In recent years, HTTP adaptive streaming (HAS) has attracted considerable attention as the state-of-the-art technology for video transport. HAS dynamically adjusts the quality of video streaming according to the network bandwidth and device capability of users. Content-Centric Networking (CCN) has also emerged as a future Internet architecture, which is a novel communication paradigm that integrates content delivery as a native network primitive. These trends have led to the new research issue of harmonizing HAS with the in-network caching provided by CCN routers.
Previous research has shown that the performance of HAS can be improved by using the H.264/SVC(scalable video codec) in the in-network caching environments.
However, the previous study did not address the misbehavior that causes video freeze when overestimating the available network bandwidth, which is attributable to the high cache hit rate.
Thus, this dissertation proposes a new SVC-based rate determination algorithm(RDA) that utilizes a drop timer. Our approach aims to stop the downloading of additional enhancement layers that are not cached in the local CCN routers in a timely manner, thereby preventing excessive consumption of the video buffer.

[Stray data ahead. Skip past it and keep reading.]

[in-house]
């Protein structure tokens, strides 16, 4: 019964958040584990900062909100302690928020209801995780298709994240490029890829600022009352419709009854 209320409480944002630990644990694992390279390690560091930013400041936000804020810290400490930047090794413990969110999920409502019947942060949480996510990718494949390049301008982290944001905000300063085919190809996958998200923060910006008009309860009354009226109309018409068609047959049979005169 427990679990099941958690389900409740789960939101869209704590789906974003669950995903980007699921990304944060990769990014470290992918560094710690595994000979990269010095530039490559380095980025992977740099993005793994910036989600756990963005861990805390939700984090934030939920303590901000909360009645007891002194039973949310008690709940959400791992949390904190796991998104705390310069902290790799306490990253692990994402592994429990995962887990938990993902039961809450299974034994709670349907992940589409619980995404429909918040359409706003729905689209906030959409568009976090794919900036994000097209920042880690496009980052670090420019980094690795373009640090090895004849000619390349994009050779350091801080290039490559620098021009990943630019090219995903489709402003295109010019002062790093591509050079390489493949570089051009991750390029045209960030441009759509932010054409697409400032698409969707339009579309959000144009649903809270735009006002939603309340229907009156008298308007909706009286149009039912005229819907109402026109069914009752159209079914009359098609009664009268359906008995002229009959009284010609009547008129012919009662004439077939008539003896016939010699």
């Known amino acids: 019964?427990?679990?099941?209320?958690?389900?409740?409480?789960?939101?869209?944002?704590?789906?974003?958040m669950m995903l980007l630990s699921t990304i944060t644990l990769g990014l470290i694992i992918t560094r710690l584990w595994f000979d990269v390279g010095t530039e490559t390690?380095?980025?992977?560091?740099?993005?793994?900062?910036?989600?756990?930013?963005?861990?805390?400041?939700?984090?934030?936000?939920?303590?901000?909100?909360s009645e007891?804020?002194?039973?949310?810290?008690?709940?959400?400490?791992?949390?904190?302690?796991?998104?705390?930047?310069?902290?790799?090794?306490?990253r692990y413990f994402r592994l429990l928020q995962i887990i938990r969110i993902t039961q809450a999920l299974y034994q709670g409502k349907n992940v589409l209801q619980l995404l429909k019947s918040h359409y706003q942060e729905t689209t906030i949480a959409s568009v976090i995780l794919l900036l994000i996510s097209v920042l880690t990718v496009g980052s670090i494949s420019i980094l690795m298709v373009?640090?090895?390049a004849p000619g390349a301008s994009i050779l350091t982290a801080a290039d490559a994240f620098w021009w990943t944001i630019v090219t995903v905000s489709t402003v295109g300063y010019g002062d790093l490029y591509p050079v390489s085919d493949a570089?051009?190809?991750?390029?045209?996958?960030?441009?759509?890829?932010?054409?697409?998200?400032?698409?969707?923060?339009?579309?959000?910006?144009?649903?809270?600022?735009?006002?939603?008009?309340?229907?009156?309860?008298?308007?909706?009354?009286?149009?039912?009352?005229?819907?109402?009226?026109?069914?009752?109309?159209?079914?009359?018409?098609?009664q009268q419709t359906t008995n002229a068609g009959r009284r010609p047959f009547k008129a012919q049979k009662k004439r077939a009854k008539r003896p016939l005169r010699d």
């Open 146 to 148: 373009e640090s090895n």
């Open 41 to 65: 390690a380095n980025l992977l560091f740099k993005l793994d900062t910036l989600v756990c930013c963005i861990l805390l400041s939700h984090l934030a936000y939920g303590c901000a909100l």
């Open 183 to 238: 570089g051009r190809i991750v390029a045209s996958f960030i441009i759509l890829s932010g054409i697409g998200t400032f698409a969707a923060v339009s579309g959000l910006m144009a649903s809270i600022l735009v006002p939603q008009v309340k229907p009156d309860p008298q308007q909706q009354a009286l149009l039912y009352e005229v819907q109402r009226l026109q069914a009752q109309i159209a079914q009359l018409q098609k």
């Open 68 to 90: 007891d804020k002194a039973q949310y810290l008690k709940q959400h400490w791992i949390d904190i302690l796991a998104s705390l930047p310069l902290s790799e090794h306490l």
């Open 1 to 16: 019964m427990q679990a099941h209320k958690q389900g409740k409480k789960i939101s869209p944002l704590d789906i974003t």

We implement our RDA in the SVC-HAS client and deployed a test-bed that could run Smooth-Streaming, which is one of the most popular HAS solutions, over CCNx, which is the reference implementation of CCN. Our experimental results show that the proposed RDA (SLA) could avoid video freeze in an effective manner, but without reducing the high hit rate on the CCN routers or affecting the high video quality on the SVC-HAS client.
Our second proposal is that of a new RDA called HAVS(Hybrid Adaptive Video Streaming), for mobile devices in wireless environment. The proposed approach takes two existing video streaming technologies: Progressive Download and Adaptive Streaming, and switches them in a hybrid manner.
HAVS employs the scalable video encoding scheme, where each video chunk is encoded into one base layer and several enhancement layers. Since clients request the base layer every time a video is streamed, HAVS performs Progressive Download for the base layer and Adaptive Streaming for the enhancement layers.
Wireless test-bed experiments have proved, that the HAVS method can be easily implemented in mobile devices without any server-side modification. This method effectively prevents video freeze thereby providing better quality of video streaming than the existing non-hybrid streaming technologies.